Burnaby’s AAP by the numbers
Best also provided an account of the financial cost and process of the Fraser Foreshore AAP, in an “effort of transparency and information for the public, for council and for staff” to “close the book on the AAP.”
The city says it received a total of 1,142 unverified ballots opposing the parkland undedication by March 20 when council cancelled the AAP.
Residents opposed to the issue also began a campaign to ask the city to print large batches of ballots to be handed out (many requested 1,000 ballots at a time).
The report said the “overwhelming number of requests” was “unforeseeable and unprecedented.”
The city said 52 individuals requested a total of 44,600 bulk-order ballots for residents within the first three weeks of holding the AAP.
The total cost of printing the ballots (46,900 ballots for residents, 6,000 for non-resident property owners and 40,000 return envelopes) was $15,438.
The total cost of the AAP, including process planning, printing, advertising in the Burnaby NOW newspaper, legal advice and review, and translation of the ballots into six languages, was $34,951.09, plus $24,330.92 in staff labour.
Staff recommended if the city holds an AAP or referendum again, that council request a “comprehensive budget,” including a comparative analysis between AAPs and referendums.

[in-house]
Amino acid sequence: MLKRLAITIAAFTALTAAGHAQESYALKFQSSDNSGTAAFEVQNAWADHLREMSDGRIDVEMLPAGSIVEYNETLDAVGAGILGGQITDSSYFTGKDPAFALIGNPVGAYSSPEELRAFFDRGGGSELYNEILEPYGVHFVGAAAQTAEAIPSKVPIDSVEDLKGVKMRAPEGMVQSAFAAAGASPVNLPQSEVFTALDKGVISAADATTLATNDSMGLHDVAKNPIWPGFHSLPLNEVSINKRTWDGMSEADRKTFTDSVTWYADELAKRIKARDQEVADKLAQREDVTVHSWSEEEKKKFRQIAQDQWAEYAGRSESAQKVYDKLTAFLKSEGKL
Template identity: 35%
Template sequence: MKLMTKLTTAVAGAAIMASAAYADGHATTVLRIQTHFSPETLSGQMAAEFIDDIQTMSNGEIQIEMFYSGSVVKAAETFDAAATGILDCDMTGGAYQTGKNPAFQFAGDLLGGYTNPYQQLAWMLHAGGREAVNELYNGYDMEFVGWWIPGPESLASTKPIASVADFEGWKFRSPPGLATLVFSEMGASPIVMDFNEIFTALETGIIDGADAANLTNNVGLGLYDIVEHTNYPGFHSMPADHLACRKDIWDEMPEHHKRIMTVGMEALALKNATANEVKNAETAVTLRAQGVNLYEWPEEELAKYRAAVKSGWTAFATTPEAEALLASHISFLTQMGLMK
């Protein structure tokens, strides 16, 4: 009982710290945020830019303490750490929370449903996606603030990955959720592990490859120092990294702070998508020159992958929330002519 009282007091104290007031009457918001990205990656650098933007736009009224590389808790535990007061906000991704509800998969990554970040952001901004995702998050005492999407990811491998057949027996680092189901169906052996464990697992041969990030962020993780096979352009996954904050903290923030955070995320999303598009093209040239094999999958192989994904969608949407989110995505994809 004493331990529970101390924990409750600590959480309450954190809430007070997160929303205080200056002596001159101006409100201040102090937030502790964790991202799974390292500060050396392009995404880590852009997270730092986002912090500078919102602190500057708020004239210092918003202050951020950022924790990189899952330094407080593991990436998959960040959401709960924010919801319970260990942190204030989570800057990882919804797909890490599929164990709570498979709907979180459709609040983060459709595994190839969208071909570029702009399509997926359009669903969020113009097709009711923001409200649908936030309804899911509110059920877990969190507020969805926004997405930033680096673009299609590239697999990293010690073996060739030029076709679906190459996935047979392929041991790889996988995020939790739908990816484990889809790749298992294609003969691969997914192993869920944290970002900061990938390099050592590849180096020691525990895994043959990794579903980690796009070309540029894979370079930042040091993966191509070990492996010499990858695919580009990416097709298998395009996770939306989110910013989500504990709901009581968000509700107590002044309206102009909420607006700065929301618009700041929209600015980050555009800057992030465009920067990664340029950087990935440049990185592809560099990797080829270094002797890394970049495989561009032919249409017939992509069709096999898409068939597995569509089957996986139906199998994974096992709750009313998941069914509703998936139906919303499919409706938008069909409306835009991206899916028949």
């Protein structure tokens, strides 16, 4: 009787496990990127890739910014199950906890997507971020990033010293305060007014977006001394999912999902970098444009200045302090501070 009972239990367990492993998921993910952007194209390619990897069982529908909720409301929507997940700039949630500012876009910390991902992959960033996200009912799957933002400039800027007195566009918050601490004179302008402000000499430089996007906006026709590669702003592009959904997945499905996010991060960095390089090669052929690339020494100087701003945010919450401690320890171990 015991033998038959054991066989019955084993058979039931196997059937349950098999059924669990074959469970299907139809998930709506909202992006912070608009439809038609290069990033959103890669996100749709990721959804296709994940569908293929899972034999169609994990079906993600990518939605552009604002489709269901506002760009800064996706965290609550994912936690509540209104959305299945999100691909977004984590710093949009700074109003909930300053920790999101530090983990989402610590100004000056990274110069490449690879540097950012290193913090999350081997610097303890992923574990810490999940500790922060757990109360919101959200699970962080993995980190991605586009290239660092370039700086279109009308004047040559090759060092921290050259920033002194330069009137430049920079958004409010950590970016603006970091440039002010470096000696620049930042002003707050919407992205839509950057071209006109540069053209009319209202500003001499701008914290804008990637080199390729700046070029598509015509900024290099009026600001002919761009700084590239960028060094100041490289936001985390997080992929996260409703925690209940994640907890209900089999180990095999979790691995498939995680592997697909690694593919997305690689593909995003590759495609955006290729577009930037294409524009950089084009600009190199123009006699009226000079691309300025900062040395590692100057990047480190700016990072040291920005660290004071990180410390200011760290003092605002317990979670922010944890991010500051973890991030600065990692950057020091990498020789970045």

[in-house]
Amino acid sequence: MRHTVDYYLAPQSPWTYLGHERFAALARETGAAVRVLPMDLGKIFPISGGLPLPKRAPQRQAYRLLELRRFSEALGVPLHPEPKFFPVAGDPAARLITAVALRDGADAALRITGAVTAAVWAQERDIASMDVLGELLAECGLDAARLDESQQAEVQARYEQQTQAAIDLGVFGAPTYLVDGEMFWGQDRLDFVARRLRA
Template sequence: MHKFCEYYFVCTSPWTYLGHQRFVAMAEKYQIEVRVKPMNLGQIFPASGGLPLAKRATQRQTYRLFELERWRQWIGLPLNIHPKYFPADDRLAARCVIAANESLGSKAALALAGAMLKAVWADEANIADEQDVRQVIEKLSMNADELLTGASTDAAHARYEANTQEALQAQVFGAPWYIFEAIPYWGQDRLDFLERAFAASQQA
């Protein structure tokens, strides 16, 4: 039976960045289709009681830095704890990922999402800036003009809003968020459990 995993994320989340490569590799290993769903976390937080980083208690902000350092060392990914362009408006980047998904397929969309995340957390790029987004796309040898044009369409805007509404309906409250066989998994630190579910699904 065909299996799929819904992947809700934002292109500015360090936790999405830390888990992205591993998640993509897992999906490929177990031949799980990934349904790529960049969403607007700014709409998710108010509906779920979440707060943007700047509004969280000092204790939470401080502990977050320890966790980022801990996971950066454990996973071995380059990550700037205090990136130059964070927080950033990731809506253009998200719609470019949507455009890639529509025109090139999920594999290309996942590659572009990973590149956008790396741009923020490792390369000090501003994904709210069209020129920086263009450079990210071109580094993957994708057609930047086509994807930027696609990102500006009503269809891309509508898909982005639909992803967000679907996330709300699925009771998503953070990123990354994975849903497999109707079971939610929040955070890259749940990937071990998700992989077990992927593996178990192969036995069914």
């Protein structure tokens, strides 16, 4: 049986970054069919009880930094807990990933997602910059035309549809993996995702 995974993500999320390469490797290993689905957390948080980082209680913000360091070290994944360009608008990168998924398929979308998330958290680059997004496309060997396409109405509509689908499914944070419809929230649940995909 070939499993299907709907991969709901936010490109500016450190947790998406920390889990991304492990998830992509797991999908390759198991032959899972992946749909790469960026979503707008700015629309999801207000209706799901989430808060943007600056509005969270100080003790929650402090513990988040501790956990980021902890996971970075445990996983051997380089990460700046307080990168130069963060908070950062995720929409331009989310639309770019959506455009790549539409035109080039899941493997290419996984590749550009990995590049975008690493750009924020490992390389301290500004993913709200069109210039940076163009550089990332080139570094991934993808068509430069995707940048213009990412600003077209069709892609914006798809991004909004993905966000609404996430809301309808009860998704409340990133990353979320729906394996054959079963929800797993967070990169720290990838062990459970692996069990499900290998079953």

Councillor concerned with bulk orders
Dhaliwal expressed concern about the bulk-ordered ballots.
“Any voting generally is supposed to be a ‘one person, one vote,’” he said at council, asking staff why residents were allowed to order mass quantities.
Best said the public began requesting ballot forms “as soon as the AAP process started” to use in door-knocking campaigns and community events, “which is completely within their rights.” She added people could have also photocopied the form to provide to others.
The ballot form was available online for people to print out at home as well.
“What we heard from the public was that it was not accessible for them to be able to print their own forms or have their own postage mail envelopes, so that is why legislative services provided that service,” Best said.
But Dhaliwal still expressed suspicion.
“Why wouldn’t it be sort of common sense to say, ‘No, you’re not really keeping the purity of the voting process,’ if you’re handing out these ballots. … We need to know that, yes, you are (voting) willingly, not because somebody is coming to say, ‘Here (is a ballot).’”